Thereafter, on October 28, 2008, this Court issued an order determining that the land should be valued as burdened by California's tidelands trust, but that condemnation of the trust itself -- as a non-pecuniary sovereign attribute -- was not compensable. (Doc. 43, at 8.) On August 6, 2009, this Court determined that the interest being condemned is the Port's reversionary lease fee interest, not the leasehold interest. (Doc. 55, at 5-6.)
Federal Rule of Civil Procedure 71.1 (renamed from Rule 71A in 2007) governs procedural matters in a federal condemnation cases. Kirby Forest Indus., Inc. v. United States, 467 U.S. 1, 3-4 (1984). "In an action involving eminent domain under federal law, the court tries all issues, including compensation, except when compensation must be determined" by a specially constituted tribunal, jury, or court-appointed commission. Fed. R. Civ. P. 71.1(h). Rule 71.1 permits the jury to decide only the "precise issue of the amount of compensation to be awarded," a decision which is to be made "within ground rules established by the trial judge." United States v. Reynolds, 397 U.S. 14, 20 (1970) Consequently, the trial court is responsible for making preliminary determinations that affect the valuation of condemned property. See Scott Lumber Co. v. United States, 390 F.2d 388, 392 (9th Cir. 1968) (court determines legality of potential uses for condemned land prior to valuation).
"[J]ust compensation is the value of the interest taken." United States v. Petty Motor Co., 327 U.S. 372, 377 (U.S. 1946). It is measured by "the market value of the property at the time of the taking contemporaneously paid in money." Olson v. United States, 292 U.S. 246, 255 (1934). Market value is defined as "the price which a reasonable seller who desires to sell but is not required to sell would demand for the property and the price which a reasonable buyer who desired to buy but was not required to buy would pay for the same." United States v. 429.59 Acres of Land, 612 F.2d 459, 462 (9th Cir.1980). It is settled that just compensation is determined by the owner's loss, not the taker's gain. United States ex rel T.V.A. v. Powelson, 319 U.S. 266, 281 (1943). A property owner "is entitled to be put in as good a position pecuniarily as if his property had not been taken. He must be made whole but is not entitled to more." Olson, 292 U.S. at 255.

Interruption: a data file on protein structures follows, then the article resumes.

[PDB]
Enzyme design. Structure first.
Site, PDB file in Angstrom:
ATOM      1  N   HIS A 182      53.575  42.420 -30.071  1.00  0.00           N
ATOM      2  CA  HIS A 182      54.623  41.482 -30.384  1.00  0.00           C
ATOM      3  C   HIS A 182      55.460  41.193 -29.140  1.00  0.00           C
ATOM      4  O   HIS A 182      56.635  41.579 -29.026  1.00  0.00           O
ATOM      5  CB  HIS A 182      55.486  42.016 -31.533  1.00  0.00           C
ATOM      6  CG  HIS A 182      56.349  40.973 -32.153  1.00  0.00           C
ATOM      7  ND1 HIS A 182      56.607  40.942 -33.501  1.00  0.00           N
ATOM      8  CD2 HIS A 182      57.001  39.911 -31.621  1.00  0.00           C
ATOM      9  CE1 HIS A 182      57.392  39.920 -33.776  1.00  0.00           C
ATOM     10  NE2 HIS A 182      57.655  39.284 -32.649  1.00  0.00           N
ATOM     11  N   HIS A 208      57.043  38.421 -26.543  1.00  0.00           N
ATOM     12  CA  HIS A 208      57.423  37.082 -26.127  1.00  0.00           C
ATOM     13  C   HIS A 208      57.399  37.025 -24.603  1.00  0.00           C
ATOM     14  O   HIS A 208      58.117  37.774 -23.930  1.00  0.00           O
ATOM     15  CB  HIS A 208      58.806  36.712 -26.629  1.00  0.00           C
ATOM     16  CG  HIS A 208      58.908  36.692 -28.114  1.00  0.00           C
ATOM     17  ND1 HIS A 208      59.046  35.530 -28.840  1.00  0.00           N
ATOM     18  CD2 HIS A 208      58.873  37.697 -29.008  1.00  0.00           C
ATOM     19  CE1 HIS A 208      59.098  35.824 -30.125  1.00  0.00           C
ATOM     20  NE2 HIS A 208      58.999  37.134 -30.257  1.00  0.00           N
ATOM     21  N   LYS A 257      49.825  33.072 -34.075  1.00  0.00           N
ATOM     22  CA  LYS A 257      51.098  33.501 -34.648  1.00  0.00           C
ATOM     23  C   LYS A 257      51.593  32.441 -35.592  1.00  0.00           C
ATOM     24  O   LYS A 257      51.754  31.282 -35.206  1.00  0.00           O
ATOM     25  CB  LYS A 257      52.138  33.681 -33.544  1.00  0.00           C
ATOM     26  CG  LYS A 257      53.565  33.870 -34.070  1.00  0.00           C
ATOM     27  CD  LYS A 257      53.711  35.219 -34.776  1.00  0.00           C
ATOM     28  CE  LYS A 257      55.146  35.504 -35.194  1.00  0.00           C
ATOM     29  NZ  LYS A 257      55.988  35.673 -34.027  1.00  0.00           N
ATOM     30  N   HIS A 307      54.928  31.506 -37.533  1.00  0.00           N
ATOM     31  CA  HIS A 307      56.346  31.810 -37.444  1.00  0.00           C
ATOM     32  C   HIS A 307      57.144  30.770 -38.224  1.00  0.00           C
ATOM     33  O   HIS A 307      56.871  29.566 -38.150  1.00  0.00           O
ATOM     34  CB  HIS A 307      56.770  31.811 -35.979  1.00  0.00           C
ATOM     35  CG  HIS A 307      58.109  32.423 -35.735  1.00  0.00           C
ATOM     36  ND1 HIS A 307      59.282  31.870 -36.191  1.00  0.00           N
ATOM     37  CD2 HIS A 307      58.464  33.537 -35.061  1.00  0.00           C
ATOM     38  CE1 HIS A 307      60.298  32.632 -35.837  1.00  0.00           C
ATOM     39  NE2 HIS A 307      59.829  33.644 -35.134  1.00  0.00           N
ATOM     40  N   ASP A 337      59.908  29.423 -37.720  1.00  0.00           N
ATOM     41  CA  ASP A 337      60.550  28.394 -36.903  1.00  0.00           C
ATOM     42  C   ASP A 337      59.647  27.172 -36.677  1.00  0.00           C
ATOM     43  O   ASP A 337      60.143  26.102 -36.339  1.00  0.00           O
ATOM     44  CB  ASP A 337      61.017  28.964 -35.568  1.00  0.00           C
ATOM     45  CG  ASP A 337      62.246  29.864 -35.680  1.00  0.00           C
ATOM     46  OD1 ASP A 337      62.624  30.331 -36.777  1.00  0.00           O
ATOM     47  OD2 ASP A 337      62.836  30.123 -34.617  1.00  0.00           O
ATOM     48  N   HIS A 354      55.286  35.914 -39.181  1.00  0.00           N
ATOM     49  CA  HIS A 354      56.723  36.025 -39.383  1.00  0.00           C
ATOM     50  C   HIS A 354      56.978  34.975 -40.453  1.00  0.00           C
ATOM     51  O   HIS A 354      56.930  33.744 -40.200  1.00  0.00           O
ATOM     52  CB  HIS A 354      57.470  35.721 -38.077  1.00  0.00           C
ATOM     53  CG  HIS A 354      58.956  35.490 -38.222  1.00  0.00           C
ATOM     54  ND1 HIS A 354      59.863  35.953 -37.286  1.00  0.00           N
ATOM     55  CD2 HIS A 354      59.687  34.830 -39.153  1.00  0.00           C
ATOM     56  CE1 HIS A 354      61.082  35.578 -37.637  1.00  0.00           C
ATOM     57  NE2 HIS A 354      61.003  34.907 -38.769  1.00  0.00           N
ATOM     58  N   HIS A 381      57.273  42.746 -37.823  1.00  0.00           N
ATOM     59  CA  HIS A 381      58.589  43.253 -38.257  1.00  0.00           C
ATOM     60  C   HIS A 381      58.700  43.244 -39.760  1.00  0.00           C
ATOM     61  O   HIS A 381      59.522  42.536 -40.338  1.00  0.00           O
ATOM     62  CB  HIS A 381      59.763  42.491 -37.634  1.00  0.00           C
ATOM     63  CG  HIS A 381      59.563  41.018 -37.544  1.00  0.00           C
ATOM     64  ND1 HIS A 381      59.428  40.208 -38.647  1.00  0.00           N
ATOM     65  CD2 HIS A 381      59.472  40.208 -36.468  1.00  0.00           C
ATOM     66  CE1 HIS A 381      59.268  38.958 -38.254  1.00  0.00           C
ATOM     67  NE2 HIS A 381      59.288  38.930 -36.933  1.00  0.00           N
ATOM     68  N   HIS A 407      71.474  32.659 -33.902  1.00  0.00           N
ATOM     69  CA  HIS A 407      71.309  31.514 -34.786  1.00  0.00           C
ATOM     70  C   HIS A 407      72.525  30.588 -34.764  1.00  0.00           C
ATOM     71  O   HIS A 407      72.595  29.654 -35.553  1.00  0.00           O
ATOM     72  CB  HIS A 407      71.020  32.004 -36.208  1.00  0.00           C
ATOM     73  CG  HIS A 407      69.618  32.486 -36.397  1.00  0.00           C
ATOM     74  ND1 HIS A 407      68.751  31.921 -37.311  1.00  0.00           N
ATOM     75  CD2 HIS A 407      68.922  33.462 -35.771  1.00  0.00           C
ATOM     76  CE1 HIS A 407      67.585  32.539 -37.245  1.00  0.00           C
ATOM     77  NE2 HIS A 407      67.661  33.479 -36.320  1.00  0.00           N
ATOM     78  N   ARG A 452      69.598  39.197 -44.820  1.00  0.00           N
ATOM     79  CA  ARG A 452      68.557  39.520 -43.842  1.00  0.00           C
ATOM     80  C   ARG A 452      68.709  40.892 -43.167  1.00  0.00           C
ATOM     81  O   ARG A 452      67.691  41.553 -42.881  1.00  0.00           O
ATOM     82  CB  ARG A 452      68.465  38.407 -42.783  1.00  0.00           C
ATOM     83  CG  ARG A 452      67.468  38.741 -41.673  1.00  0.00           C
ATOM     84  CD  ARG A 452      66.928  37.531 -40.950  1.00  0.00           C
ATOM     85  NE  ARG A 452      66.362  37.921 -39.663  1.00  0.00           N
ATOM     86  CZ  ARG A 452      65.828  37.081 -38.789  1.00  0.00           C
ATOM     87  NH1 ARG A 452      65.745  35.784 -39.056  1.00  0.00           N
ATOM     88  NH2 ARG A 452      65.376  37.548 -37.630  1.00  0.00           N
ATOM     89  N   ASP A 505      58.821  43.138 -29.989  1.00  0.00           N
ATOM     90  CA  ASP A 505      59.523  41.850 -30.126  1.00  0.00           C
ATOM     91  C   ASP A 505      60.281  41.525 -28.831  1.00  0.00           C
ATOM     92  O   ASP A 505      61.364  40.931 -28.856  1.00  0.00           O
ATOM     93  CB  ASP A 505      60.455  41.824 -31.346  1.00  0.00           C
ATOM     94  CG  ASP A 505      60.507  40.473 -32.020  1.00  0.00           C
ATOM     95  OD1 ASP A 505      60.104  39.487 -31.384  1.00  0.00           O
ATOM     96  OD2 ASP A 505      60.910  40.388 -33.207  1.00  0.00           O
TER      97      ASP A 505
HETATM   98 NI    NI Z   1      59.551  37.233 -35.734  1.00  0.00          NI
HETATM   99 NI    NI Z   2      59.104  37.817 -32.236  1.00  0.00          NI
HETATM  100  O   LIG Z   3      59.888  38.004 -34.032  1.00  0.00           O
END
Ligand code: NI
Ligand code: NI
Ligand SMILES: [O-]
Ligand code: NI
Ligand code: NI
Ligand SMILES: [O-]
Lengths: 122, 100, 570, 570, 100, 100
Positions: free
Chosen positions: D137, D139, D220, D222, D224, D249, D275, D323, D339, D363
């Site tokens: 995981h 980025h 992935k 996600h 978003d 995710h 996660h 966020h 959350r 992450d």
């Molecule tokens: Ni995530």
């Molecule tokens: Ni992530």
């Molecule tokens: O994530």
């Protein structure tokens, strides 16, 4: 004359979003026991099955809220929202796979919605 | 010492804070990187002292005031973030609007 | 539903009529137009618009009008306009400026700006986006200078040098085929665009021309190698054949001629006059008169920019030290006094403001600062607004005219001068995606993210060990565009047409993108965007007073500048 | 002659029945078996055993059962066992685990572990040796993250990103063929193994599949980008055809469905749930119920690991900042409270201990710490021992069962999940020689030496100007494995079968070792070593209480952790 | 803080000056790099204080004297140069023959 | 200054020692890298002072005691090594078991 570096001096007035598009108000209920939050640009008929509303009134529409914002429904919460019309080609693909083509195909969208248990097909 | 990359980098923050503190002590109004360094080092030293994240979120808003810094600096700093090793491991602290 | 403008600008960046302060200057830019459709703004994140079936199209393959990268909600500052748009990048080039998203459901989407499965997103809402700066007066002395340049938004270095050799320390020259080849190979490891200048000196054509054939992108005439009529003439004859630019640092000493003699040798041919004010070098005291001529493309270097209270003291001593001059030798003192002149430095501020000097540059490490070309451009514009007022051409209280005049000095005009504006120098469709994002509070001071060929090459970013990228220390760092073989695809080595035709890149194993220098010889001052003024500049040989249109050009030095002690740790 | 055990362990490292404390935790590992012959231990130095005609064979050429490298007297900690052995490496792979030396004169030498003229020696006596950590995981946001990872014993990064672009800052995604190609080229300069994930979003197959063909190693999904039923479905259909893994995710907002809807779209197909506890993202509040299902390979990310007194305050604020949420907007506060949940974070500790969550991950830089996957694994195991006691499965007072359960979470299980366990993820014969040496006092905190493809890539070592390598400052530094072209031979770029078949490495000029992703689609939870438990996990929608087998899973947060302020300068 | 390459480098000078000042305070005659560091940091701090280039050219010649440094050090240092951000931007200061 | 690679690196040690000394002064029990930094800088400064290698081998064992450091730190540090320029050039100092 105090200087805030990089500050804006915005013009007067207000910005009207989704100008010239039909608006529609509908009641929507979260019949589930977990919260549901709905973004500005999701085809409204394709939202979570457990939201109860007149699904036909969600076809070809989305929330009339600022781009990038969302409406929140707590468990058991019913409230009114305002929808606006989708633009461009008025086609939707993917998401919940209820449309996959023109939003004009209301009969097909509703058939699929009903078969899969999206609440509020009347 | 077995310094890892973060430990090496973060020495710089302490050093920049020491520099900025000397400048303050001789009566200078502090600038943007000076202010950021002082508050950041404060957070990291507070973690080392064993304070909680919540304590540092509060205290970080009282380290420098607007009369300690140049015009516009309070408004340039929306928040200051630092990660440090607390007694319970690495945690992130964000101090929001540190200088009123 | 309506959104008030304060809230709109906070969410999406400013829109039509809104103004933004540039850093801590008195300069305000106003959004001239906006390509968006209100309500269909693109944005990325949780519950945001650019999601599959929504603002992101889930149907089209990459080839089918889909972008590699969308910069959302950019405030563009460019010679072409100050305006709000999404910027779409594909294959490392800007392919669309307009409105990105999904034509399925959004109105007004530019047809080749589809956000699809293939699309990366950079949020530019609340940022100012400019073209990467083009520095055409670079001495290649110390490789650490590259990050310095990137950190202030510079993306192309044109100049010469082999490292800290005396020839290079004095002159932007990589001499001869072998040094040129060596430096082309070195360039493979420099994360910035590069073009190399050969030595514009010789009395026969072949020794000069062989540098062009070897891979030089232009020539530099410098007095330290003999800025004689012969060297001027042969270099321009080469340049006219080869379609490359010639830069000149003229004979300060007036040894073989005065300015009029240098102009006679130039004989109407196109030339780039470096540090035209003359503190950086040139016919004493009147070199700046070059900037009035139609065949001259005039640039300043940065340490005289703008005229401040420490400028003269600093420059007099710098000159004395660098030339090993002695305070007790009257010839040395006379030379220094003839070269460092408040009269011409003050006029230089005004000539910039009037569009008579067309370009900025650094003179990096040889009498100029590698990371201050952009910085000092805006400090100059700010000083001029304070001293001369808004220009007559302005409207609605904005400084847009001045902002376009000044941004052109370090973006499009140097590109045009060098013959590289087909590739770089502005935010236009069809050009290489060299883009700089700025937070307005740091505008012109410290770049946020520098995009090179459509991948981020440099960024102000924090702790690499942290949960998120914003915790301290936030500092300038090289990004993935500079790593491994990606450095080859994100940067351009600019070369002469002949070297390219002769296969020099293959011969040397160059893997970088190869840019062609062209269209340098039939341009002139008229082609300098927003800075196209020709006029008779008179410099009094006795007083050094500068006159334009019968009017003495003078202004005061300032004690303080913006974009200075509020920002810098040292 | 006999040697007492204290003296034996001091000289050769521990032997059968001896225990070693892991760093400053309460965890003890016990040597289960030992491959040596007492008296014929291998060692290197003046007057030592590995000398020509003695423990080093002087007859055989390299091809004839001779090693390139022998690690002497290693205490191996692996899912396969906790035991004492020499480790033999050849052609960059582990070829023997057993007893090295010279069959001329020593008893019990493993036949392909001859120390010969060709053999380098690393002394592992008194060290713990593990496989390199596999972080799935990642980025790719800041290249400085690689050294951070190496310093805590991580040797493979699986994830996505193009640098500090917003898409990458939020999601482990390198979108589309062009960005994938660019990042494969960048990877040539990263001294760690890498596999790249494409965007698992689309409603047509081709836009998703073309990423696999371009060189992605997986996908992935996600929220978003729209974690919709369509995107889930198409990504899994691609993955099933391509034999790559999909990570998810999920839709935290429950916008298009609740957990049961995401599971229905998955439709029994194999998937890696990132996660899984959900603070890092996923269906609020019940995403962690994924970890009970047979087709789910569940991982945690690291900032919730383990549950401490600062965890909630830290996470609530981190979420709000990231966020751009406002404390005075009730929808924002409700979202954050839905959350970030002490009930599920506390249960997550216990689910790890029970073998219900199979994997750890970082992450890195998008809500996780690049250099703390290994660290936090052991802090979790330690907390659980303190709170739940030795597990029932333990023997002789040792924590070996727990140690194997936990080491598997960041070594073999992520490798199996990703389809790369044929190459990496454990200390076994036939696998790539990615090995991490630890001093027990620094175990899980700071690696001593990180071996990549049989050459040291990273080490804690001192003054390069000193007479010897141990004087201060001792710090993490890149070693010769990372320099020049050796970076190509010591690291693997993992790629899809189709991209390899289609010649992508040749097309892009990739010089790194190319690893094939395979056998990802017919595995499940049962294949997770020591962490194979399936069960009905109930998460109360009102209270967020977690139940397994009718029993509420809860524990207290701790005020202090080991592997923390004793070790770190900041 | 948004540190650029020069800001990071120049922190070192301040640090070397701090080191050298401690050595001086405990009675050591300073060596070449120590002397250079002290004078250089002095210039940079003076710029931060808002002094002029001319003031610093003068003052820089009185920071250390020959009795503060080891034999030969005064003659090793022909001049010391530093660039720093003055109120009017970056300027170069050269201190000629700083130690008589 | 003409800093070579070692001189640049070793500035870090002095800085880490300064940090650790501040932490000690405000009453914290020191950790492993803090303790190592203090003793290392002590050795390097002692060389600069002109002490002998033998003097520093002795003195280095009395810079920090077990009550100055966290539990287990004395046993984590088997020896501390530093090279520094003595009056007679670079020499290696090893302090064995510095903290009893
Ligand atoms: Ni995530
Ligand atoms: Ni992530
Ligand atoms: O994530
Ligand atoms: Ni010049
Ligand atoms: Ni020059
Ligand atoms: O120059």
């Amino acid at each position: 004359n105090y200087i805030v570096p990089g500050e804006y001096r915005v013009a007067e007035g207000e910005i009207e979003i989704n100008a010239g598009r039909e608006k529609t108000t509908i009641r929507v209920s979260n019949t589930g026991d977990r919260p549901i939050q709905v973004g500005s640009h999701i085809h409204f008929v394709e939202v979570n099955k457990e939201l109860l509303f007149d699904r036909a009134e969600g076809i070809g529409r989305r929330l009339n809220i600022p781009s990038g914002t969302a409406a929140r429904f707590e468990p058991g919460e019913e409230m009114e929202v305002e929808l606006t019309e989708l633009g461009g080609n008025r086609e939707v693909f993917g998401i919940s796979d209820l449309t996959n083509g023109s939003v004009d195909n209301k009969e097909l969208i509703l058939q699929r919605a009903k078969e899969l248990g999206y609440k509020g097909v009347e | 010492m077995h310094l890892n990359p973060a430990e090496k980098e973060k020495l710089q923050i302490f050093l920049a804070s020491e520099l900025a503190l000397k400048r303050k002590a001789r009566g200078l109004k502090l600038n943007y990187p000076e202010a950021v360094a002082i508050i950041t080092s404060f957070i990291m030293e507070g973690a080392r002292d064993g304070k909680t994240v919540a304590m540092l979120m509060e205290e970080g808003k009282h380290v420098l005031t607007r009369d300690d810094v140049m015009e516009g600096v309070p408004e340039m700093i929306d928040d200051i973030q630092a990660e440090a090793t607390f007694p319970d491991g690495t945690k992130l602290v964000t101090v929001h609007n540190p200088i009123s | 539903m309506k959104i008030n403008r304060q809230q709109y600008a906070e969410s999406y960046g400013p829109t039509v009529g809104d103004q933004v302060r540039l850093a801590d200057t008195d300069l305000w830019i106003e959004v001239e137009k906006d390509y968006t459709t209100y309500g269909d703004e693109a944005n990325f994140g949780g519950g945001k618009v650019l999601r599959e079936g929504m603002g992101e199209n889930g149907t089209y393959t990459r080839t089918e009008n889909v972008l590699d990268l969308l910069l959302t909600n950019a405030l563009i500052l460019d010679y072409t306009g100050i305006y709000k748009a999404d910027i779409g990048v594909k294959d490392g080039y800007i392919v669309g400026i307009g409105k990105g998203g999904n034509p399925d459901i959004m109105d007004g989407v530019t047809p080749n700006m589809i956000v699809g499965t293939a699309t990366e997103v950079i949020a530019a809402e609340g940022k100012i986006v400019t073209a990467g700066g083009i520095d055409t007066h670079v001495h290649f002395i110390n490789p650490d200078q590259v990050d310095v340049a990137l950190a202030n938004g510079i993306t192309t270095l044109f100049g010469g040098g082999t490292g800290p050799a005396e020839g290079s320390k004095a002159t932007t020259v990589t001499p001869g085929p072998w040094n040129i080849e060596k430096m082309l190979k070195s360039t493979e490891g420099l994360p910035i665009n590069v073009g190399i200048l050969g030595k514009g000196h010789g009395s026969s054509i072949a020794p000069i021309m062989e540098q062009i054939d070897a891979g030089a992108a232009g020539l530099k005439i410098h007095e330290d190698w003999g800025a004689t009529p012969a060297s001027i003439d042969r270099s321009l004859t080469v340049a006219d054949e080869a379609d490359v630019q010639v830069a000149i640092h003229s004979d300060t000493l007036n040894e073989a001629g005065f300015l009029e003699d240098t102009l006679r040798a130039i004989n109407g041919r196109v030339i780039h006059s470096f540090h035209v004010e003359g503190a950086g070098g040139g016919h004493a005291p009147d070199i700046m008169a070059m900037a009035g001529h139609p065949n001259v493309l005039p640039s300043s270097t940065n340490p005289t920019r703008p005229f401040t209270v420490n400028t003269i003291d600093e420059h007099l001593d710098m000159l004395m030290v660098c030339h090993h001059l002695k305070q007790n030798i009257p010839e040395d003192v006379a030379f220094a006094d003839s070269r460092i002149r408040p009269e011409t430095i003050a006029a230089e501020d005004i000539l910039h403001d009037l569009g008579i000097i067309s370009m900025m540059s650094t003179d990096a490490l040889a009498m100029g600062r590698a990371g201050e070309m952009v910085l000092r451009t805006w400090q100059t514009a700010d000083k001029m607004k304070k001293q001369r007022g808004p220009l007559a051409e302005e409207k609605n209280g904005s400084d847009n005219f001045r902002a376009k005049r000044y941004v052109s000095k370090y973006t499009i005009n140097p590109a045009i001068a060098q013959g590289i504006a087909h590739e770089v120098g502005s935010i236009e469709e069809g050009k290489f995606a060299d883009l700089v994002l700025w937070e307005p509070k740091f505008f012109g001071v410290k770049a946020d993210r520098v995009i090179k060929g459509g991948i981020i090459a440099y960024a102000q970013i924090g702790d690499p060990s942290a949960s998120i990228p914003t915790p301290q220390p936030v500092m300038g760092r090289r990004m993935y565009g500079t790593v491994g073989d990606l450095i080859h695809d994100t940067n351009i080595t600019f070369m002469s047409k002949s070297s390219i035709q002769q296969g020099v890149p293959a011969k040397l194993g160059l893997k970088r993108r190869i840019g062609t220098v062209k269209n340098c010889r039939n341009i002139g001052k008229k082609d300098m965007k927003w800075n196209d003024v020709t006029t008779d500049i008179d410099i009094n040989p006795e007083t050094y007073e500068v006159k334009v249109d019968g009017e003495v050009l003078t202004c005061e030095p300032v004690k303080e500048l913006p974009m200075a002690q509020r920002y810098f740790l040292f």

The United States has constructed buildings on the subject property, and the parties agree that the buildings must be demolished in order to convert the property to its highest and best use. At issue is which party will bear the cost of demolition under the terms of the lease. Although this Court already has held that the Port will be responsible ...